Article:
Wednesday, December 21, 2016

No AR, No Big Deal

This post was co-written with Rachael Peck (@rachaelpeck23, you can check out her blog here).  Rachael and I are both elementary school principals in the Roseville City School District.  

Last year when the decision was made to stop using Accelerated Reader.  Since we posted our blog post Why We Are Moving on from AR, we keep getting the same two questions: What are you doing now that AR is gone? How are teachers and students feeling without it?


As principals we get the opportunity to be in classes and talk to students and teachers on a daily basis.  We have the opportunity to see kids in all grade levels reading and engaged in activities with their reading.  So what have we seen?  There has definitely been a shift in how students show their understanding of what they are reading.   Teachers have been creative with their activities allowing kids choice and a chance to share what they are learning in multiple ways.  We are both seeing things that weren’t in our classrooms a year ago when we relied on AR quizzes.  


Some of the things we see include:

Book Conferences - Teachers are meeting with kids one on one to talk about the books they are reading.  Teachers are asking questions.  Kids are talking.  Conversations are taking place not only about the book, but also about if the books are a good fit, and recommendations are being made for other books to read.

Book Talks - Kids are sharing their book with others.  They’re talking with partners, small groups, and in front of the whole class. This not only shows their understanding, but also generates an excitement for other students to read the book.  

Book Reviews - There are a variety of formats on how this looks in classes.  Some teachers are incorporating technology and using Padlet or Bookopolis for their reviews.  Others are using traditional paper and pencil for kids to write a review.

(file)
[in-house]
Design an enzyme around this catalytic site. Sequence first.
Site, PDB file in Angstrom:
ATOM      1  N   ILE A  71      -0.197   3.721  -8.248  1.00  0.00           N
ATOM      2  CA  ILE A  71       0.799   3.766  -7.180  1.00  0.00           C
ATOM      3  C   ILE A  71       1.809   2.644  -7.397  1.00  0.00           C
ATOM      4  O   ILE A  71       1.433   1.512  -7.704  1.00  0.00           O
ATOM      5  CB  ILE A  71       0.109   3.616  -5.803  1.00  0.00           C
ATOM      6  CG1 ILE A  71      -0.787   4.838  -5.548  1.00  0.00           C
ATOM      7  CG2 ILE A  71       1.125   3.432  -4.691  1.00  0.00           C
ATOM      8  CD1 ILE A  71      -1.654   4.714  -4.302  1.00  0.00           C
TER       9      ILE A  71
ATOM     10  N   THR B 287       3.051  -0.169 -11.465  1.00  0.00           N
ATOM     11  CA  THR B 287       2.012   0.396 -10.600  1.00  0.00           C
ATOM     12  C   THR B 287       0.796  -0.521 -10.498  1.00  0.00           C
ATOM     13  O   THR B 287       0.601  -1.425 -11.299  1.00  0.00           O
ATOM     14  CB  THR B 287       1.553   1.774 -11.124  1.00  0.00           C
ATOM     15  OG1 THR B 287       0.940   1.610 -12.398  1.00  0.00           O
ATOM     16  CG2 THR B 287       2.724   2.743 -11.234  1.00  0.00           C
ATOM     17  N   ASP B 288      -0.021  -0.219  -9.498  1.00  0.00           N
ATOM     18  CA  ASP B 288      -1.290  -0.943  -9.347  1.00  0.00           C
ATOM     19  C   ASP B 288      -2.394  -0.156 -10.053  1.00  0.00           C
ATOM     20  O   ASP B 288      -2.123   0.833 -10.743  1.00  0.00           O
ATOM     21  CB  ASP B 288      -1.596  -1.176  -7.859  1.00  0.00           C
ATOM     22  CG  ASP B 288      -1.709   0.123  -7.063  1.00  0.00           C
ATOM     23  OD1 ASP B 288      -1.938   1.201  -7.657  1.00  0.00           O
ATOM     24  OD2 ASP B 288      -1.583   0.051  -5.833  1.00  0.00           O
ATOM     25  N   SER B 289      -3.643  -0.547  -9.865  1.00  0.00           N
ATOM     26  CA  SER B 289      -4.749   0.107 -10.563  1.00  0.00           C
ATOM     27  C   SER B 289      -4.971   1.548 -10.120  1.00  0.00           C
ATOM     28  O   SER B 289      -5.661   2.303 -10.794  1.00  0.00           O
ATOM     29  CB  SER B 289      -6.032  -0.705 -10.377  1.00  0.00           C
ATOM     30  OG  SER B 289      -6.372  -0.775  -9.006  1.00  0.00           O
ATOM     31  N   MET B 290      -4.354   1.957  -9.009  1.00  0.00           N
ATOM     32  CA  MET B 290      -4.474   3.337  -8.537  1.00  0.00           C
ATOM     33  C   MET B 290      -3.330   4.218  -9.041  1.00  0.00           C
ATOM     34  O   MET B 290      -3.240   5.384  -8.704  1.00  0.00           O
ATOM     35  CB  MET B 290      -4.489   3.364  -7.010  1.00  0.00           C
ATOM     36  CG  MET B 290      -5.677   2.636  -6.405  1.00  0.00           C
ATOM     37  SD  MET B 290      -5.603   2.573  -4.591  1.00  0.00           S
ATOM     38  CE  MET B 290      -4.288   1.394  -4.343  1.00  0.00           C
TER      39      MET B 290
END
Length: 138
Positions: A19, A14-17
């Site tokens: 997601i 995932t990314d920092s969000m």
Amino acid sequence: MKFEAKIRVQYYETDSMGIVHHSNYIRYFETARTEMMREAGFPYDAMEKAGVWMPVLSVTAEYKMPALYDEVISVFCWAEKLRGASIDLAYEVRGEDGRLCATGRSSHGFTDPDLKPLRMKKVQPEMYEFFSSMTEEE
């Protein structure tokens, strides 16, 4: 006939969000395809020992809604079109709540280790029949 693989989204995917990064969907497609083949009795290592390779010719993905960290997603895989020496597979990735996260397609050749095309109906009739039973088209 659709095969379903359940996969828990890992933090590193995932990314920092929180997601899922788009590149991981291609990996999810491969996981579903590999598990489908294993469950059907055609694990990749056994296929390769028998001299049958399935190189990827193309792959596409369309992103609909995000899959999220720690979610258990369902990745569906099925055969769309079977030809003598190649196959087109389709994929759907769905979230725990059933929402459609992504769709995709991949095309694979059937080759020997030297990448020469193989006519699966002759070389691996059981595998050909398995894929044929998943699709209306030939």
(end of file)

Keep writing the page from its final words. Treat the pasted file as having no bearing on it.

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Keeping Track of Books Read - Some teachers have created graphs or Google forms to log the book genres.  Others have students make their own Google sites for students to log books they read and their overall rating of the book.  

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Reader’s Notebooks - Some classes have created personal notebooks where kids get to respond in writing or pictures about their reading.  The kids get to choose what they want to write about and/or draw.  The kids loves these books!  They love that they get to choose.

Sharing what we see is important, but we also feel it is important to hear from our teachers.  After talking with them there is a mixed response.  For those that had their students take AR quizzes on a regular basis, some miss the accountability they feel that they quizzes gave them. Others however love that their kids are talking more about books and not having the pressure around reaching a goal.  

“I love the Reading Response Notebook and how I've seen the students take pride in them. The only negative for me without AR is not having the ease of looking online to see how many books a student has read and their comprehension (on details at least) of them.”
Jill Padilla, 2nd Grade Teacher, Sargeant Elementary

“No longer the stress of taking test and wondering if a student should read a book because of its point value. Kids are reading a book because they want to.”
Erin Roberts, 3rd Grade Teacher, Stoneridge

“Negative-AR is a quick way to check in with student reading. I liked that it was an option for kids to take a quiz if they wanted. Some kids really liked it.
Positive- Some kids got stressed out with goals/points. Parents also felt this, so it's a positive to not have ‘worry’ as a part of reading.”
Sheila Schue, 3rd Grade Teacher, Stoneridge

Mr. J, a 4th grade teacher as Sargeant put it best, “I really didn't look for something to replace it. I have been blessed with a group of students that truly love reading and we make time to read (for pleasure) everyday.”

That is exactly what we want for all of our kids.  We want them to find time to read every day and truly love it now and for years to come.  

Not only are we seeing differences in what kids are doing, but we also see teachers sharing ideas with others.   Two of the teachers from Stoneridge Elementary are even providing professional development to other K-5 teachers in our district at upcoming professional development.  Here is their session description: